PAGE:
The name Sceletium is derived from the Latin sceletus – this refers to the prominent leaf veins which remain present as the skeleton-like structure of the leaves dry. The name tortusosum translates into ‘twisted’ or ‘tortuoise’.
Sceletium tortuosum has been used as an indigenous sacred medicine by South African hunter-gatherers, the Khoikhoi, since times immemorial as a mood enhancing ally. The first written accounts of the use of the plant was by Jan van Riebeeck in 1662, however it became well known to colonisers of the Cape and had begun being cultivated in England from 1732 – the Latin binomial was officially published by Carl von Linnaeus in 1753.
In Khoisan folk medicines it was introduced for its mood elevating properties. Traditionally, Sceletium was dried and chewed (where Kougoed – ‘something to chew’ comes from) and the saliva then swallowed. The Khoikhoi people were also known to smoke Kanna along with other herbs – including wilde dagga. Taken in large doses it was used to induce trance like states of euphoria, beginning with stimulation which would allow the men and women to invoke spirits, and then later resulting in sedation. It was further used by shepherds who utilised this medicine as an appetite suppressant whilst they were walking long distances in areas which were not abundant with foods available for gathering.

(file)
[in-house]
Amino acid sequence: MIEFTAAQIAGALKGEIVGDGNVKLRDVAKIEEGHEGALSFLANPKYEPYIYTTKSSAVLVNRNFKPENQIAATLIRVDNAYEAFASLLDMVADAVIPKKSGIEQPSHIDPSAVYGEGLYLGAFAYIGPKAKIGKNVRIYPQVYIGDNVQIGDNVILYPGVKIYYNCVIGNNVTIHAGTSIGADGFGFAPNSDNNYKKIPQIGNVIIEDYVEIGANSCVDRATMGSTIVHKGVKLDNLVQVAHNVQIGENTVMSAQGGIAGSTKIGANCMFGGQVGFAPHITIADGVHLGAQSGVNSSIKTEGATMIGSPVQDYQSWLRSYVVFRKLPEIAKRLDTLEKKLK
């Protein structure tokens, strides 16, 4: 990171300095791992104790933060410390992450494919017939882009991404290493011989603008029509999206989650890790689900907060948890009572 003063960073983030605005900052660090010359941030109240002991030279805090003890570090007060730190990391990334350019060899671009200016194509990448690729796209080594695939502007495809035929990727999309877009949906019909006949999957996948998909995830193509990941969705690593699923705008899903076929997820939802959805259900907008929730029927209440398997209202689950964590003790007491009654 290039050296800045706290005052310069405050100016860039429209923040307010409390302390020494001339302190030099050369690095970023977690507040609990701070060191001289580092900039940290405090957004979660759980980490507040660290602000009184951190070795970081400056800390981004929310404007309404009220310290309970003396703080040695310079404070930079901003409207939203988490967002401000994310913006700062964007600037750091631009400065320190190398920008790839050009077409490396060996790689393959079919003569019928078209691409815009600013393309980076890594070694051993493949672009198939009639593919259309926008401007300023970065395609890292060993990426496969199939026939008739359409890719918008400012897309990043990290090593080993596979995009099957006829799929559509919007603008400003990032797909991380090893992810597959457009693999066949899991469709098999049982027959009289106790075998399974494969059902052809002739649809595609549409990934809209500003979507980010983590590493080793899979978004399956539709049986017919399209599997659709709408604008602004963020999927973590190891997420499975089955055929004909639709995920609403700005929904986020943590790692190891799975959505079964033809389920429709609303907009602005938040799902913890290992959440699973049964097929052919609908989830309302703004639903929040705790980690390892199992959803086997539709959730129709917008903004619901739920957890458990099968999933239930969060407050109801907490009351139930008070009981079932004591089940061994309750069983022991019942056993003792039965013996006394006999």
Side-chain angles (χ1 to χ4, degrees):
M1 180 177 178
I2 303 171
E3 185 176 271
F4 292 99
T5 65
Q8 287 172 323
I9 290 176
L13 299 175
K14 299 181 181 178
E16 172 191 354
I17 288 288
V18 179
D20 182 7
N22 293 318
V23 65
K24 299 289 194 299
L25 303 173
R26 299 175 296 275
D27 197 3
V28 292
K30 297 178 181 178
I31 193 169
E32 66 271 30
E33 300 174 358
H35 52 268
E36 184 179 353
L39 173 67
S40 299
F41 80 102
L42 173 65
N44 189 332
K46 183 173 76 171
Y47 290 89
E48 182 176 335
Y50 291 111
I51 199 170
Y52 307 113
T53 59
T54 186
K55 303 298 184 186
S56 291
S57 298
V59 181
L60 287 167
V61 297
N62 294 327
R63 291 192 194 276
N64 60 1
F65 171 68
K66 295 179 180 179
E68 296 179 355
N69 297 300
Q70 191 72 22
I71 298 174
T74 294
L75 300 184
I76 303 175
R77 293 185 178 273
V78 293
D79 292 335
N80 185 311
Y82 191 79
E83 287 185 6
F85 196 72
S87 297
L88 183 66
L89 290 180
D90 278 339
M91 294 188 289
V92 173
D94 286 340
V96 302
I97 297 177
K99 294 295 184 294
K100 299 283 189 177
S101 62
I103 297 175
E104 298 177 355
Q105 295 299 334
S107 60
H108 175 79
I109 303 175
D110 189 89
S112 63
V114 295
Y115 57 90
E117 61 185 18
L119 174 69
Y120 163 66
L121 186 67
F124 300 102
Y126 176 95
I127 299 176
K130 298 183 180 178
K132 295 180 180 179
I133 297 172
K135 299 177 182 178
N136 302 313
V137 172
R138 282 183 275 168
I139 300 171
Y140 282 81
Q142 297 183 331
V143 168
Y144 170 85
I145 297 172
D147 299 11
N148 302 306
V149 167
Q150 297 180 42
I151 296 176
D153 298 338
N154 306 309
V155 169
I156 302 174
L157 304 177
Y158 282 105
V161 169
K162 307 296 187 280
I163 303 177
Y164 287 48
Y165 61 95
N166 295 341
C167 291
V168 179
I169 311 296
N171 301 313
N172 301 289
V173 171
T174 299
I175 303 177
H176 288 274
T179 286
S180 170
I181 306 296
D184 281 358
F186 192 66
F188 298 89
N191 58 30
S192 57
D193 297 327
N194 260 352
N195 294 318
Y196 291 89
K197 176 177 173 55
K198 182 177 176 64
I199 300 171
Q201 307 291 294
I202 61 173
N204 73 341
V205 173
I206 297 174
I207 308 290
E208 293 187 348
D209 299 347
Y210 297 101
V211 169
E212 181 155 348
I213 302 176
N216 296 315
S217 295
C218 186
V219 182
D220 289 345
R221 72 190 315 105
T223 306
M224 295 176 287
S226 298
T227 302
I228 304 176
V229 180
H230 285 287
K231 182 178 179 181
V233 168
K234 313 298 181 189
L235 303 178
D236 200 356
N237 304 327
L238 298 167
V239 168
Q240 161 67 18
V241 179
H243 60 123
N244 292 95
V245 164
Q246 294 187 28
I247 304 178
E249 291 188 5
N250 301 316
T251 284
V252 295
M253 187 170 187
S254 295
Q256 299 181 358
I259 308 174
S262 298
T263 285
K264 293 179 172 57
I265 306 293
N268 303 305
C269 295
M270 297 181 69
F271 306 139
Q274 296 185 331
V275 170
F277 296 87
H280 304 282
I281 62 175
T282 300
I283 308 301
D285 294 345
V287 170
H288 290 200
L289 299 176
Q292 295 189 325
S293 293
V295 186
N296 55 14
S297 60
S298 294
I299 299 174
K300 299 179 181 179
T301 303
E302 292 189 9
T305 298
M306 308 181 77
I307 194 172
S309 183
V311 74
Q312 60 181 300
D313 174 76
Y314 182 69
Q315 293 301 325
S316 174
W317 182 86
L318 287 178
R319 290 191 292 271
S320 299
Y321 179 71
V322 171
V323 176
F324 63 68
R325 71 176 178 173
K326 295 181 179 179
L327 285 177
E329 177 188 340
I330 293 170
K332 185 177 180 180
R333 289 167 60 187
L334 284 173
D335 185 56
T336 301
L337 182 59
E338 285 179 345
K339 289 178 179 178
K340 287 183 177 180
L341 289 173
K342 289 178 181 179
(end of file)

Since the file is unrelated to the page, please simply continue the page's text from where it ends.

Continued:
In recent years preparations of Sceletium have become quite common as anti-depressant and anti-anxiety medication, being commercially grown due to the tremendous pressure which wild harvesting has placed on the conservation of the species. Preparations have included being made into capsules, teas, tinctures, snuffs, smokes, and full or partial alkaloid.
Anti-Depressant, Low Mood, Substance Abuse, Nervouse system support, PTSD
Sceletium has shown an incredible efect in aiding those trying to stop smoking, drinking or other substance abuse / addictions. It aids in alleviating compulsions and obsessions present in the mind and has also shown to reduce withdrawal symptoms.